North American Rail Safety Needs Much Work

Jonathan Brun

For one reason or another, railroad safety is horrible in the United States and Canada. As statistics found here point out, North America has over 5 times more accidents per 1,000 km of track than our European counterparts.

Screen Shot 2015-03-23 at 1.57.12 PM

A recent New York Times article went into detail on the subject and clearly stated:

“The only significant [U.S.] government intrusion into the railroads’ self-regulation of the nation’s 70,000 to 100,000 railroad bridges is a requirement that the companies inspect them each year. But the Federal Railroad Administration, which employed only 76 track inspectors as of last year, does not routinely review the inspection reports and allows each railroad to decide for itself whether or not to make repairs.”

The NYT article also points out that despite the Lac Megantic train explosion, that killed 47 people, new regulations have not been brought into force in Canada. The Globe and Mail, Canada’s leading national newspaper even had a full page advertisement for better rail safety along with an article outlining Canadian National’s (CN) spike in accidents in 2014. CN gives every possible excuse, from random statistical anomaly to higher loads due to oil tanks. What CN or the other North American rail companies do not do, is accept responsibility for their remarkably poor safety record and failing infrastructure.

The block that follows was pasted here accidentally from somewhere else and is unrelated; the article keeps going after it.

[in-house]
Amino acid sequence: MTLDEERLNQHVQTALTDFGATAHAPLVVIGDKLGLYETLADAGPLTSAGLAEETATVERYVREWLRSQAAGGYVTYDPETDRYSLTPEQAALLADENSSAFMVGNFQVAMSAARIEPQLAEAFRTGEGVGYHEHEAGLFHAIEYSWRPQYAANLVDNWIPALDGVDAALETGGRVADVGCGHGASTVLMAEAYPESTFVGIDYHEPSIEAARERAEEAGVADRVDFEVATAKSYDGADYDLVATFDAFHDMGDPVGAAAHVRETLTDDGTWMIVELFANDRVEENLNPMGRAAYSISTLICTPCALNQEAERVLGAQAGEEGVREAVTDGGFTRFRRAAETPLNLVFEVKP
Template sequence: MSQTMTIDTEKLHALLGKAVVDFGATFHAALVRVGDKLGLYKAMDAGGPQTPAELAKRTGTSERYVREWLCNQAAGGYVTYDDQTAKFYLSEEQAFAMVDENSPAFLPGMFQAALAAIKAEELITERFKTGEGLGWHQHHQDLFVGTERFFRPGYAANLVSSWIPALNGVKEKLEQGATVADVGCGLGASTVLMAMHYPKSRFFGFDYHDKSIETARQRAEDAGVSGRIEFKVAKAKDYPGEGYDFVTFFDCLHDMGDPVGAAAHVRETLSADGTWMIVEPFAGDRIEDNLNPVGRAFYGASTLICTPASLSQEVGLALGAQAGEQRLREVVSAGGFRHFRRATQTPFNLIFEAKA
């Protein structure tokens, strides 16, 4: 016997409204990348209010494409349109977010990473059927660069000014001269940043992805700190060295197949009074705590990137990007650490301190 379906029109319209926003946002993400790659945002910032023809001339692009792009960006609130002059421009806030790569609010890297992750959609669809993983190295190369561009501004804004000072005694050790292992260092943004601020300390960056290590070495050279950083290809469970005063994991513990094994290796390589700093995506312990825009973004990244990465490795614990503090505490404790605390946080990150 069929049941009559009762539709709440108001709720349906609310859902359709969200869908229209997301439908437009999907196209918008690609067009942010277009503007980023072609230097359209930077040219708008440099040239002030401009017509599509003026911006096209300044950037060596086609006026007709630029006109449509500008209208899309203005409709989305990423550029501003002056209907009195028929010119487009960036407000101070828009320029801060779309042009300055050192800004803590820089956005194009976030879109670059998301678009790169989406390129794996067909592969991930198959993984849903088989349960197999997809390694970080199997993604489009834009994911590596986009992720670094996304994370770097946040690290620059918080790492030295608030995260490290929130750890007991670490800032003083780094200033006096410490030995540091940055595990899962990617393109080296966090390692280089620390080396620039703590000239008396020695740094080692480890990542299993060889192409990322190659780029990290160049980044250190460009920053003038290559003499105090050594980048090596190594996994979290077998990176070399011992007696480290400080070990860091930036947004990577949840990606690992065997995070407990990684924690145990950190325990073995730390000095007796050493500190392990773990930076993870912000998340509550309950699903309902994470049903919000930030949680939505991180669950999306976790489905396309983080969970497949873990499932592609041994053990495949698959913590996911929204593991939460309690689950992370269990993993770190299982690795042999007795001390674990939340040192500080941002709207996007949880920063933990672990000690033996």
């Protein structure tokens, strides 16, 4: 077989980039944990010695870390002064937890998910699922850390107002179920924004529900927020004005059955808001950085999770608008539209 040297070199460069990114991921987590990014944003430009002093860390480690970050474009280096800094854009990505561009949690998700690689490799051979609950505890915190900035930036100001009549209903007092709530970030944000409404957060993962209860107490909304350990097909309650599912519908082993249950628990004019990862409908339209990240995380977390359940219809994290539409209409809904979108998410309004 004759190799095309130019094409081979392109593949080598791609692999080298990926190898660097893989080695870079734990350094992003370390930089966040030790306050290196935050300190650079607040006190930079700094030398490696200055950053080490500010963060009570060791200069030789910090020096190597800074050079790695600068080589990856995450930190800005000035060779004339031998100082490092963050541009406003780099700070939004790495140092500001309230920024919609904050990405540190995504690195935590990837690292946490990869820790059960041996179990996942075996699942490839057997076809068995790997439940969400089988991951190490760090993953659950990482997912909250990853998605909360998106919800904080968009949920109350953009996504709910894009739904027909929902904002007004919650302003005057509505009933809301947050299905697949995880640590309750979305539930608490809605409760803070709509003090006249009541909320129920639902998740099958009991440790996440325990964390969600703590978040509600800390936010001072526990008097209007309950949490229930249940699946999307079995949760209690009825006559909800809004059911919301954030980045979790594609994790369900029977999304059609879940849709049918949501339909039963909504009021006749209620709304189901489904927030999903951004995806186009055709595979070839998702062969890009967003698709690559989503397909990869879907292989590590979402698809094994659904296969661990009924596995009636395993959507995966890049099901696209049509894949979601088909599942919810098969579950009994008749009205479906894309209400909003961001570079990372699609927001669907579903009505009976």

Both the Canadian and United States government need to take quick, rapid and meaningful actions to force the rail companies to invest in their tracks and improve safety procedures. If Germany and France can manage far more trains, with higher population densities and less than one fifth the accidents we have, then we can too. Tracks and trains need much more frequent inspections by government and by rail companies, there really is no other solution. Will it take another disaster like Lac Megantic for the powers that be to take action on railroad safety in North America?